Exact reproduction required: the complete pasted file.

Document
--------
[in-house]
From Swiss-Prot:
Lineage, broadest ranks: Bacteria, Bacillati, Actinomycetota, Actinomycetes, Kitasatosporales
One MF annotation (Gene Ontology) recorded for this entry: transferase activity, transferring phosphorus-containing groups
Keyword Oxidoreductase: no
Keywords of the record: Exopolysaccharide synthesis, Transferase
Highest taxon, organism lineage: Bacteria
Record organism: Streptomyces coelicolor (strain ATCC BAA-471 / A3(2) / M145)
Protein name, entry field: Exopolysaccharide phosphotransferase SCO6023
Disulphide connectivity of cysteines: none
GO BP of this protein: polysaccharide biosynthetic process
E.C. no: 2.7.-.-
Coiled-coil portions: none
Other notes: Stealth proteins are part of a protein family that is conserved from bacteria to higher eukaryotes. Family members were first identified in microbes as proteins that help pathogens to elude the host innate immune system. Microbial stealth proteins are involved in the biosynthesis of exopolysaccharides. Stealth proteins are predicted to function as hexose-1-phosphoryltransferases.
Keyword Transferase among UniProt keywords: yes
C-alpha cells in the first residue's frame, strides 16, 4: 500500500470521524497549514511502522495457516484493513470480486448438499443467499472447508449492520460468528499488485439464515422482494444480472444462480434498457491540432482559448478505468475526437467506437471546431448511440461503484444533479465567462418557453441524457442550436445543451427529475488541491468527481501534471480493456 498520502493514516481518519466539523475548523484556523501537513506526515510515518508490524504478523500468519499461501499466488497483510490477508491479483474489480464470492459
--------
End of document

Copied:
[in-house]
From Swiss-Prot:
Lineage, broadest ranks: Bacteria, Bacillati, Actinomycetota, Actinomycetes, Kitasatosporales
One MF annotation (Gene Ontology) recorded for this entry: transferase activity, transferring phosphorus-containing groups
Keyword Oxidoreductase: no
Keywords of the record: Exopolysaccharide synthesis, Transferase
Highest taxon, organism lineage: Bacteria
Record organism: Streptomyces coelicolor (strain ATCC BAA-471 / A3(2) / M145)
Protein name, entry field: Exopolysaccharide phosphotransferase SCO6023
Disulphide connectivity of cysteines: none
GO BP of this protein: polysaccharide biosynthetic process
E.C. no: 2.7.-.-
Coiled-coil portions: none
Other notes: Stealth proteins are part of a protein family that is conserved from bacteria to higher eukaryotes. Family members were first identified in microbes as proteins that help pathogens to elude the host innate immune system. Microbial stealth proteins are involved in the biosynthesis of exopolysaccharides. Stealth proteins are predicted to function as hexose-1-phosphoryltransferases.
Keyword Transferase among UniProt keywords: yes
C-alpha cells in the first residue's frame, strides 16, 4: 500500500470521524497549514511502522495457516484493513470480486448438499443467499472447508449492520460468528499488485439464515422482494444480472444462480434498457491540432482559448478505468475526437467506437471546431448511440461503484444533479465567462418557453441524457442550436445543451427529475488541491468527481501534471480493456 498520502493514516481518519466539523475548523484556523501537513506526515510515518508490524504478523500468519499461501499466488497483510490477508491479483474489480464470492459